6. Pauchui or “Cannon Fist Form” & Small San-Sau or “a Style of Free Hands” are routines that one can perform by themselves or with a partner. They teach the student how to defend themselves using the techniques found in the Tai Chi form.  
  7. Large San-Sau is a more advance method of San-Sau.  
  8. Da-Lu techniques teach one how to move correctly and change directions while attacking and defending. 
  9. Dim-Mak is a very advance level of Tai Chi where one learns how to attack pressure/vital points to control or incapacitate an opponent.  Most people don’t realize that authentic Tai Chi is one of the world’s most deadly martial arts.
  10. Tai Chi Weapons are introduced to advanced practitioners and can consist of short stick, long pole, knife, sword work.  In short, the weapon becomes an extension of the body and flows utilizing the movements and principles found in Tai Chi.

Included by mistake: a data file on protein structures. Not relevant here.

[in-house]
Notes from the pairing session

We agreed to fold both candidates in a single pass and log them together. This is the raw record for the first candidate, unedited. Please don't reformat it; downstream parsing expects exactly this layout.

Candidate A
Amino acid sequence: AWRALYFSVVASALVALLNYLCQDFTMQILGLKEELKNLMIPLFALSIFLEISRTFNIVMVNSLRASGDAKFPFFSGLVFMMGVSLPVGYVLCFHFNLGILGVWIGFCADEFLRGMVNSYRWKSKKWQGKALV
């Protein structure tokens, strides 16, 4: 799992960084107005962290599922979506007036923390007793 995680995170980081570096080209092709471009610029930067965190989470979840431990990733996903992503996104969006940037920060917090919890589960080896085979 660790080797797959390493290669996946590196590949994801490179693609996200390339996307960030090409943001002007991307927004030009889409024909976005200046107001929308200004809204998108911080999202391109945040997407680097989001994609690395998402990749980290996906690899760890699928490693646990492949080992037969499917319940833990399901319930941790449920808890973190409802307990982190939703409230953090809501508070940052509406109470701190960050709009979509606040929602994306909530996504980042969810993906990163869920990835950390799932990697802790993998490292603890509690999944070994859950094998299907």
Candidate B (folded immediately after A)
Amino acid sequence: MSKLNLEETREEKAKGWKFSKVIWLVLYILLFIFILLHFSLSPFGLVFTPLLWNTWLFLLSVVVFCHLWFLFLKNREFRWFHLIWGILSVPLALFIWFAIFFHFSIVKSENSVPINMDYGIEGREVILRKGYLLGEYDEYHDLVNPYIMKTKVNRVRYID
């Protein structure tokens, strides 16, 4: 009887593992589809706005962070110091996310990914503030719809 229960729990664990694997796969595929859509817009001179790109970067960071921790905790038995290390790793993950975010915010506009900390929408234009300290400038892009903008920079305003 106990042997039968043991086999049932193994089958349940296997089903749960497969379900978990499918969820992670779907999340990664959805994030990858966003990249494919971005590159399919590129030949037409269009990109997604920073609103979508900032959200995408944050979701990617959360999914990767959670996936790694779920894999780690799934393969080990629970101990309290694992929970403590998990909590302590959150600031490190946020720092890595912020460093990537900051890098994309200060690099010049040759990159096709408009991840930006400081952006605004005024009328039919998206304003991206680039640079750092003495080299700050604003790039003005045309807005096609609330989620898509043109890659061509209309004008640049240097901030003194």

NOTE:  Although it is recommended that one learn the entire Tai Chi system some people are only interested in the “health” benefits.  This is understandable and we will always welcome these students at Park’s Martial Arts where we can certainly assist them fully.  

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CLICK HERE for the Large San Sau Fighting Video

Many Tai Chi practitioners only see the Large San-Sau as a training method to gain the fighting applications of Tai Chi. However, it goes much deeper than that. There are actually three reasons that we must practice Large San-Sau.